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Can We Stop Using Extreme Examples, Or Is It Too Late?

Hungary Today 2018.04.19.

Viktator, Dictator? Why Careful Language is Crucial When Discussing Orbán and His Policies

In the wake of Hungarian Prime Minister Viktor Orbán’s huge electoral victory in the country’s April 8th elections, many international observers have published articles expressing a great deal of concern regarding what they have described as the corrupt, demagogic, and xenophobic practices of the ruling Fidesz government.

But while some of these essays quite fairly focus on real, legitimate, and frankly troubling issues, others have engaged in rather hyperbolic language; in particular, terms such as “fascism” and “dictatorship” have been thrown around with careless frequency.  This is a serious issue, as these sorts of exaggerations ultimately serve to distract from the very real issues facing Hungarian democracy today, and in fact provide ammunition for the government’s claims that the international press is somehow unduly biased against Hungary.


If we review the media coverage about the Hungarian elections in the last two weeks, we may find surprisingly tolerant opinions towards Orban’s victory. The Financial Times recently wrote about the closure of the non-governmental daily newspaper Magyar Nemzet. The article itself contains a fairly standard summary of the background of the newspaper’s closure, and the current state of the media in Hungary. What is more interesting, and frankly unusual, is the video at  the bottom of the article, in which the paper’s European editor analyzes Orban’s role in European politics, and says: “One would be going down the wrong track, to think that there is a universal abhorrence of Mr. Orbán and his methods of rule, far from it.”

Bloomberg’s Russian-born columnist Leonid Bershidsky also wrote a rather balanced analysis about the similarities between Orbán and Vladimir Putin, in an article titled “Hungary’s Orban Isn’t Another Putin.” In his piece, Bershidsky examines a number of notable issues ranging from press freedom to corruption, and makes the following judgment: “Orban has survived two genuine elections after returning to power in 2010. There’s no overwhelming need for him to go full Putin — he’s doing well enough as it is.” He notes that, while corruption, crony capitalism, and Fidesz control of state and regional media outlets are very real, and distressing, developments in Hungary, the situation is nowhere near as bad as it is in Russia, as international observers have agreed that, despite the constant stream of demagogy and xenophobia, the elections themselves were conducted professionally and fairly. The reason, for Bershidsky, is that such tactics are unnecessary for Orbán, who has managed to maintain his grip on power without resorting to the truly dictatorial techniques employed by some of the autocrats he is often compared to.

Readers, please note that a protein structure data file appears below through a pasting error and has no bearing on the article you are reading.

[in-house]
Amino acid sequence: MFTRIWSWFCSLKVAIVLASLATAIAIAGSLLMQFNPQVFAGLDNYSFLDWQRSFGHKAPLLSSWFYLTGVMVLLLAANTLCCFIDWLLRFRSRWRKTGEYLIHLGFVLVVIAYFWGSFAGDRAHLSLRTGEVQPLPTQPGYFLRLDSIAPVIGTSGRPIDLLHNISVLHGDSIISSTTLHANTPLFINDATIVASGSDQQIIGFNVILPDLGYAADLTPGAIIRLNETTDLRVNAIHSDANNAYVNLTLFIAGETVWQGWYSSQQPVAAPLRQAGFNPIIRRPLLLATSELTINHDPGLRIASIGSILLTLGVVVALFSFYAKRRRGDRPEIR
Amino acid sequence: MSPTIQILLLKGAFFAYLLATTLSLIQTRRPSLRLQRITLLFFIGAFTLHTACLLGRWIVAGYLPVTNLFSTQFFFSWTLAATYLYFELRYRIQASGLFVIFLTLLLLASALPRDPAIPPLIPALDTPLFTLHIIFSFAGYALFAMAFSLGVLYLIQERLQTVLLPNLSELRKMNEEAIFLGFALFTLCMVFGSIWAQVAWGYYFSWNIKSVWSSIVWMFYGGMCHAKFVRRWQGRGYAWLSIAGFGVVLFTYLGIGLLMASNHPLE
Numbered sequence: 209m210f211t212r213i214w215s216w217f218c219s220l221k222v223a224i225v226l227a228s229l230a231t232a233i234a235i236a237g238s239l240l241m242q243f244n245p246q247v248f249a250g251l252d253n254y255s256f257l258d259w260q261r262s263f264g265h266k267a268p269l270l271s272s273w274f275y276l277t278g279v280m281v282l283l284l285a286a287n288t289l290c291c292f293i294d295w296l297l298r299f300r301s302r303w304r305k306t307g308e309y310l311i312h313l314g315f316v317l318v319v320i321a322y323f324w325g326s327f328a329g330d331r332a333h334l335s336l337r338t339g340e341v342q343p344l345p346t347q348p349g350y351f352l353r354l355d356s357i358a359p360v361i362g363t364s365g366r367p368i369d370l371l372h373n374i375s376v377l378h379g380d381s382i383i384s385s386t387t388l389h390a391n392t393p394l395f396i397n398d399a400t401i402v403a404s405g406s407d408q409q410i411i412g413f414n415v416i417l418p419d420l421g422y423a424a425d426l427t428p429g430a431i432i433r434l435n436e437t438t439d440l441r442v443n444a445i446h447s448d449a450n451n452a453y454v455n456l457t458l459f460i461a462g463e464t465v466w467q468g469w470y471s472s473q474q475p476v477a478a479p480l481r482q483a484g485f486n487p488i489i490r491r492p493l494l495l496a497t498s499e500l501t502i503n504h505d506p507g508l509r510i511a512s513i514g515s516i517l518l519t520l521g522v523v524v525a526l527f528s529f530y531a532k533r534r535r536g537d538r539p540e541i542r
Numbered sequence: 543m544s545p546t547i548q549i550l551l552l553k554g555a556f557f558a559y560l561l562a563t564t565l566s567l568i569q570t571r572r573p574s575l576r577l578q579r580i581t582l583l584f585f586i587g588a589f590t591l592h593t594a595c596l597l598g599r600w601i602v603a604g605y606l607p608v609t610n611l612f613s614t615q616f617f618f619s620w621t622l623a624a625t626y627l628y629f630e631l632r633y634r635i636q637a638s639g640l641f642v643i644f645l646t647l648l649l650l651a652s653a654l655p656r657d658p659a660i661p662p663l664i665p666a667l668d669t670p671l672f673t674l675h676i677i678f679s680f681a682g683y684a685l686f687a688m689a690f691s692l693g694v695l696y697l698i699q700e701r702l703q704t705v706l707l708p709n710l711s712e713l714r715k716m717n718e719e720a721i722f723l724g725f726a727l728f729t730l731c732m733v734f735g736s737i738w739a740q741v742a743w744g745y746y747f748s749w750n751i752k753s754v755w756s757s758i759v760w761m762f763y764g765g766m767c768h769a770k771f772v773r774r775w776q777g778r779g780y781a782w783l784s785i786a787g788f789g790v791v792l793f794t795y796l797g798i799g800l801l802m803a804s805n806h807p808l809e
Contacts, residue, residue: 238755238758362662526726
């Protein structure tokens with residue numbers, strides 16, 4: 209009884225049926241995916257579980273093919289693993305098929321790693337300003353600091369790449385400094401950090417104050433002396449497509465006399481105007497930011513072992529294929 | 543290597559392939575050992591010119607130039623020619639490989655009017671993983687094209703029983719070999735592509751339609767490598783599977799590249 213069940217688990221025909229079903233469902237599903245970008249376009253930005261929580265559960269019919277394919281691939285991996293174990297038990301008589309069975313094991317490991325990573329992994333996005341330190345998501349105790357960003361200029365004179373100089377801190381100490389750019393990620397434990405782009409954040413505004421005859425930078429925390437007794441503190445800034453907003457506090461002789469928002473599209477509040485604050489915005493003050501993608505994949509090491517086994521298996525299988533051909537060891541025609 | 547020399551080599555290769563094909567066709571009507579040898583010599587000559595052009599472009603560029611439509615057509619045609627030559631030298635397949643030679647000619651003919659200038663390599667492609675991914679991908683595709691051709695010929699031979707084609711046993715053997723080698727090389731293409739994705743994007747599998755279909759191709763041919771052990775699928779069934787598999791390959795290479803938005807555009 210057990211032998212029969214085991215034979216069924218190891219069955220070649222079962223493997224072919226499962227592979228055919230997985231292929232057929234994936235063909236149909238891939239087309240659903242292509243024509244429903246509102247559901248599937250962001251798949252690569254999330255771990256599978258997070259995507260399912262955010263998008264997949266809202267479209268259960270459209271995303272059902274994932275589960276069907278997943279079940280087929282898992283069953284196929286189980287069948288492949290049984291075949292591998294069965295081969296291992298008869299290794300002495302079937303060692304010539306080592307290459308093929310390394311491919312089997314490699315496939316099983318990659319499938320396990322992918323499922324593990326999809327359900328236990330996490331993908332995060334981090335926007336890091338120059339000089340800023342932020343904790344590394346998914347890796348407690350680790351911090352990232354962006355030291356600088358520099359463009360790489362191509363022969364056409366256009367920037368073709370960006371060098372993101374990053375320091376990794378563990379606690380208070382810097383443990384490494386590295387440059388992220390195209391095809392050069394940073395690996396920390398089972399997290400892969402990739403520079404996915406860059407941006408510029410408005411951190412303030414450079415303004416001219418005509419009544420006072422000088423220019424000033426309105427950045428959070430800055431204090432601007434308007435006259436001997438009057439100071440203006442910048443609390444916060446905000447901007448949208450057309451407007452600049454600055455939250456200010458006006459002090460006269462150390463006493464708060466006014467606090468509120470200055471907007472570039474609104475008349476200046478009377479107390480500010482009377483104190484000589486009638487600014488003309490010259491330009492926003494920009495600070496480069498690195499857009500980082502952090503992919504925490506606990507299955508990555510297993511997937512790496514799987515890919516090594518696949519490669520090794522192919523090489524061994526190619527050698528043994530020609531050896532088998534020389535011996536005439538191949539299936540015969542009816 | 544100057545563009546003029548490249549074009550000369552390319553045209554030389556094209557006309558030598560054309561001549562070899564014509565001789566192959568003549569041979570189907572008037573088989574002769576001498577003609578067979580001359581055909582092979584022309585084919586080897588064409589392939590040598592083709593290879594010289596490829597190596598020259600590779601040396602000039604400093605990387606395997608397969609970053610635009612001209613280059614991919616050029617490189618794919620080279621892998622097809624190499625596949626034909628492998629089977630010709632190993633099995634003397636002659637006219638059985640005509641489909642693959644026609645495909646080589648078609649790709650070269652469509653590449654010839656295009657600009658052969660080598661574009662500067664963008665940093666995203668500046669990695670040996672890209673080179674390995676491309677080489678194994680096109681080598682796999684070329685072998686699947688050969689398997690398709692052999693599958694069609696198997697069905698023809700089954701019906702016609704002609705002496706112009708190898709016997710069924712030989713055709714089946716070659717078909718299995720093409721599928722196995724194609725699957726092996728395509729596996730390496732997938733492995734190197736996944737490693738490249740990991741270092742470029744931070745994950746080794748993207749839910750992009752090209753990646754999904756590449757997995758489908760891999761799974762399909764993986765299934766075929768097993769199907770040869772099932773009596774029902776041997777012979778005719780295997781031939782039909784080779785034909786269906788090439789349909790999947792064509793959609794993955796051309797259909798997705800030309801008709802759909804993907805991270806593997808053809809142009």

Hungarian Prime Minister Viktor Orbán (right) with Deputy PM Zsolt Semjén on the night of the country’s April 8th parliamentary elections (Photo: MTI – Zoltán Máthé)

But of course, there are plenty of hyperbolic pieces to be found as well. For example, in an April 12th article, The Washington Post published an article entitled “Democracy is dying in Hungary. The rest of the world should worry.” The blogger reminds us how successful democracy was ten years ago in Hungary, and how the country “looked like an end-of-history success story.” The only problem with this analysis, of course, is that it is not true, as ten years ago the country was in arguably the deepest economic and democratic crisis since the end of Communism in 1989. While the author does acknowledge that this ‘vision’ was never true, as economic divisions and crises lurked under the surface throughout the rule of Socialist PM Ferenc Gyurcsány, he fails to reckon with just how thoroughly destructive and divisive Gyurcsány’s policies were for Hungarian political discourse.